UCSB Researchers Develop New Means of Tissue Cartography


Rishika Kenkre

Two postdoctoral students from the University of California, Santa Barbara Kavli Institute for Theoretical Physics (KITP), Sebastian Streichan and Idse Heemskerk, have developed a method for looking at tissues through processing data in a more efficient way than before.

Both researchers have produced a method that enables data reduction and examines the layered tissue. This new development can be used to identify and analyze curved tissues, such as the tissues of an animal, in order to identify many biological problems.

“For example, if you want to understand how an animal takes its shape, you need to be able to observe how they move,” said Streichan. “Then, you need to think about what frame these cells are moving; oftentimes, it turns out that the frame of the lab that we use in order to observe, like a microscope, is not the correct frame that the cells move. The cells actually move inside the tissue, and this software that we have created will allow the user to follow cells in that frame. You can also peel out a layer that you are interested in.”

They have created a general method that can be used for a wide variety of shapes. According to Streichan, it is much more complicated to use complex shapes, such as the shape of a beating heart, but the researchers behind the project have simplified the concept.

“We have generalized this concept of making something like a fish embryo look like large tissue surfaces,” said Streichan. “It’s almost every type of surface you can ascribe with a triangulation; that is a very big class surfaces that can be captured with our framework.”

Streichan has hopes that scientists will use this regularly. He acknowledges that it will help them handle the copious amounts of data at one observation.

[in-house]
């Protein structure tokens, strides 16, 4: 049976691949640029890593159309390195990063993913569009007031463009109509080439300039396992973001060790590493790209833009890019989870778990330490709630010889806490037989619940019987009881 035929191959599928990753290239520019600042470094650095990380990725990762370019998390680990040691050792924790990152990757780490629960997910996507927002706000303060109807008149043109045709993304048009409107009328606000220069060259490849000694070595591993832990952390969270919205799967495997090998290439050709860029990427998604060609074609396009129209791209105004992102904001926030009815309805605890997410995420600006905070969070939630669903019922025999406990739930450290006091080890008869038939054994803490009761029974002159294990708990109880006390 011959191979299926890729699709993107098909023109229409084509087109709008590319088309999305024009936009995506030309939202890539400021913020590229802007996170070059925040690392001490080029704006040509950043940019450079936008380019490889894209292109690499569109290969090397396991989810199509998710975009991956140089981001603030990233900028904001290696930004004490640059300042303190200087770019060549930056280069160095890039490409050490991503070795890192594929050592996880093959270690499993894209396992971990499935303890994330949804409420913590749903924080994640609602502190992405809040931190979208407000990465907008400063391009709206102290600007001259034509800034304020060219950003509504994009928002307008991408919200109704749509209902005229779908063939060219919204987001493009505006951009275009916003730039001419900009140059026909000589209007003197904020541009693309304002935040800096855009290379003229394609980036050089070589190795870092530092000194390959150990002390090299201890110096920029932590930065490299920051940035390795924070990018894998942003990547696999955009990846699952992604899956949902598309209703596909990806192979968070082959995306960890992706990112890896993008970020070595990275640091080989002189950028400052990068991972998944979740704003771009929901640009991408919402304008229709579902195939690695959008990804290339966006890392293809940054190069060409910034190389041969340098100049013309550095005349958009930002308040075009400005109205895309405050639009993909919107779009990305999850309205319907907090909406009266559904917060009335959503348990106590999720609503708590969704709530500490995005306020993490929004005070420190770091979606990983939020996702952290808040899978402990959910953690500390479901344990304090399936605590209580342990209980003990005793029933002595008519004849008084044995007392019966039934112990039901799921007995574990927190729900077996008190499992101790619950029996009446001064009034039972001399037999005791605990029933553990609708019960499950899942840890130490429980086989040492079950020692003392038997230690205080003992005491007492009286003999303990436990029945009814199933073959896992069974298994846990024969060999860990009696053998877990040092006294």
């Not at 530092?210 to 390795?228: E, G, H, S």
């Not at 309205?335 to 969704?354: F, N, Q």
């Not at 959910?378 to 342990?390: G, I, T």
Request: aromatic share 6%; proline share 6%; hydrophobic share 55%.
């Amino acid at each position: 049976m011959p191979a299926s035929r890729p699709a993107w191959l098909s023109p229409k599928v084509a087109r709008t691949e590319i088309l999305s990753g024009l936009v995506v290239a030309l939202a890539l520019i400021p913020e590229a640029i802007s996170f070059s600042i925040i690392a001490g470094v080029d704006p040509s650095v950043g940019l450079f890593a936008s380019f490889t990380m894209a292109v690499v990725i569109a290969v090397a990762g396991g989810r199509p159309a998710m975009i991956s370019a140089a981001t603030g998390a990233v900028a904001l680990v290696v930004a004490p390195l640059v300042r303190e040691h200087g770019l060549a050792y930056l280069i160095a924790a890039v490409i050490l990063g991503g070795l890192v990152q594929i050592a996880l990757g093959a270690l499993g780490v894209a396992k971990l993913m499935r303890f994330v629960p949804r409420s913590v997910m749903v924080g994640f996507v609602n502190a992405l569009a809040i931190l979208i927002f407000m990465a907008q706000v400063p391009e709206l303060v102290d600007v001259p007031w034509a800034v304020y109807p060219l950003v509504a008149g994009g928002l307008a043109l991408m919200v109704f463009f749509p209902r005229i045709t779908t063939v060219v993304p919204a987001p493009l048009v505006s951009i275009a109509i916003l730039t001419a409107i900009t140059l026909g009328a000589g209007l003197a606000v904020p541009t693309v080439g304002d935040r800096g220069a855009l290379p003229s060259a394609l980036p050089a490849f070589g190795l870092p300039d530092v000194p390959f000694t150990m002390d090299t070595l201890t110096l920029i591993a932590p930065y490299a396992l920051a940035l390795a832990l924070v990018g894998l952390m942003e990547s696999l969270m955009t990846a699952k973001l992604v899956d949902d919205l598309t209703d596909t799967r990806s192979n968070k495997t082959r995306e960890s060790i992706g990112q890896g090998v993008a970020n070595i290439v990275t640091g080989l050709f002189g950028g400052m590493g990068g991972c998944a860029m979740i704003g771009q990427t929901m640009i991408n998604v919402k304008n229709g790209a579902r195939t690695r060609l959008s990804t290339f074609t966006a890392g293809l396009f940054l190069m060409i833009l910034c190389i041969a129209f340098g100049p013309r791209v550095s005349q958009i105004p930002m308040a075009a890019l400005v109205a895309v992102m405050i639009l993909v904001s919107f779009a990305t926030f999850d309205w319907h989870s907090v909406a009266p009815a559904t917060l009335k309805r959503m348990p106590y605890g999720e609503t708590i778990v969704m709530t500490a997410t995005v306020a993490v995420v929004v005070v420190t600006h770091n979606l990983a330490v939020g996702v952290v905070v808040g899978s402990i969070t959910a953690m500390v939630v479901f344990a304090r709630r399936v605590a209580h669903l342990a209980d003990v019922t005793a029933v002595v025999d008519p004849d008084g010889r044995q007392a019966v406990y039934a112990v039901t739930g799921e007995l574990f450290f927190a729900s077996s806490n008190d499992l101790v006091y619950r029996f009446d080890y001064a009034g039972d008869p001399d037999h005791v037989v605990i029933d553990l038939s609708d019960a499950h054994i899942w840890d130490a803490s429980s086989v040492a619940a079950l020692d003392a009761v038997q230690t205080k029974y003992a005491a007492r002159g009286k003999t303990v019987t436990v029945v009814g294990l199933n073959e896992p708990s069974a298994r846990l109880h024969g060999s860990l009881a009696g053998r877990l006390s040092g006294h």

“We hope that it’s going to become a way of how people work with daytime biology. The amount of data that is generated, especially the image-driven data that is currently generating biology, is increasing,” said Streichan. “Microscopes have become better,s and the surface tissue markers have become better. In that sense, people can generate much larger amounts of data, but they can’t quite handle that data because the surface itself is buried in something in three-dimensions … Think about a cube that contained so many layers inside, you’d have to rotate it to all sorts of angles, front and back. Our method is going to help to allow people, in one glance, to study most of their tissue, which is much faster and more efficient. By moving into the frame of the tissue itself, they’ll actually be able to describe the processes that are going on in their interest that they would like to characterize.”

Streichan plans to use the research to understand how a fruit fly embryo gets its shape. He uses the method to track the cells on the surface of the embryo, deducing how the cells move from one position to another, and how the genetic material deposited by the mother and father into the embryos is used to instruct cell movement.

The Bottom Line will continue to report on Streichan and Heemskerk’s findings.